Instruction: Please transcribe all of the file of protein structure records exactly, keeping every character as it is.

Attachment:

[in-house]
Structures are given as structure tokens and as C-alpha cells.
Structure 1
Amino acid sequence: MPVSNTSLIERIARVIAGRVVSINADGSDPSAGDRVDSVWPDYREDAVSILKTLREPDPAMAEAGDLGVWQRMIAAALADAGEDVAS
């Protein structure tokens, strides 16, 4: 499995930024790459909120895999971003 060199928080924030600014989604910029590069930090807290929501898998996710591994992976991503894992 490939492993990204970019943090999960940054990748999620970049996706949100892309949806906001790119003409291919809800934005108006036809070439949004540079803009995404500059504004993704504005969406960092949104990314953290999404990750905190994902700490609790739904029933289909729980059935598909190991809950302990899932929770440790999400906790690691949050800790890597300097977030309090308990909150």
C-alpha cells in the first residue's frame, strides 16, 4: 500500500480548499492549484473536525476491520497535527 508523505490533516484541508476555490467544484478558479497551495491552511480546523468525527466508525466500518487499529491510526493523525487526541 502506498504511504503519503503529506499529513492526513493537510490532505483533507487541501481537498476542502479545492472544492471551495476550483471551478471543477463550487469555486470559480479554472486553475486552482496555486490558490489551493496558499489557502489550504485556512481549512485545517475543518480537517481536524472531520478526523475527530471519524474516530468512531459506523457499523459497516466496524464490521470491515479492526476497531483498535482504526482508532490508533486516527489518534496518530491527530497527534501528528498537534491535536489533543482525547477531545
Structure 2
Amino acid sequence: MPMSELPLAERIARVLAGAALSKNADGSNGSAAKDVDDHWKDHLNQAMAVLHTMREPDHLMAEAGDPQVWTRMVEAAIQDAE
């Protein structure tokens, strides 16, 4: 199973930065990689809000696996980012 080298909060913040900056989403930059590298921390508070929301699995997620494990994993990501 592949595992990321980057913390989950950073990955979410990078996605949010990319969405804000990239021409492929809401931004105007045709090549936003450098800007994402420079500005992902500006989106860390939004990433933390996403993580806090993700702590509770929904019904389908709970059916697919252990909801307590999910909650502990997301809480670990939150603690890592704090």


[in-house]
Structures are given as structure tokens and as C-alpha cells.
Structure 1
Amino acid sequence: MPVSNTSLIERIARVIAGRVVSINADGSDPSAGDRVDSVWPDYREDAVSILKTLREPDPAMAEAGDLGVWQRMIAAALADAGEDVAS
């Protein structure tokens, strides 16, 4: 499995930024790459909120895999971003 060199928080924030600014989604910029590069930090807290929501898998996710591994992976991503894992 490939492993990204970019943090999960940054990748999620970049996706949100892309949806906001790119003409291919809800934005108006036809070439949004540079803009995404500059504004993704504005969406960092949104990314953290999404990750905190994902700490609790739904029933289909729980059935598909190991809950302990899932929770440790999400906790690691949050800790890597300097977030309090308990909150």
C-alpha cells in the first residue's frame, strides 16, 4: 500500500480548499492549484473536525476491520497535527 508523505490533516484541508476555490467544484478558479497551495491552511480546523468525527466508525466500518487499529491510526493523525487526541 502506498504511504503519503503529506499529513492526513493537510490532505483533507487541501481537498476542502479545492472544492471551495476550483471551478471543477463550487469555486470559480479554472486553475486552482496555486490558490489551493496558499489557502489550504485556512481549512485545517475543518480537517481536524472531520478526523475527530471519524474516530468512531459506523457499523459497516466496524464490521470491515479492526476497531483498535482504526482508532490508533486516527489518534496518530491527530497527534501528528498537534491535536489533543482525547477531545
Structure 2
Amino acid sequence: MPMSELPLAERIARVLAGAALSKNADGSNGSAAKDVDDHWKDHLNQAMAVLHTMREPDHLMAEAGDPQVWTRMVEAAIQDAE
């Protein structure tokens, strides 16, 4: 199973930065990689809000696996980012 080298909060913040900056989403930059590298921390508070929301699995997620494990994993990501 592949595992990321980057913390989950950073990955979410990078996605949010990319969405804000990239021409492929809401931004105007045709090549936003450098800007994402420079500005992902500006989106860390939004990433933390996403993580806090993700702590509770929904019904389908709970059916697919252990909801307590999910909650502990997301809480670990939150603690890592704090």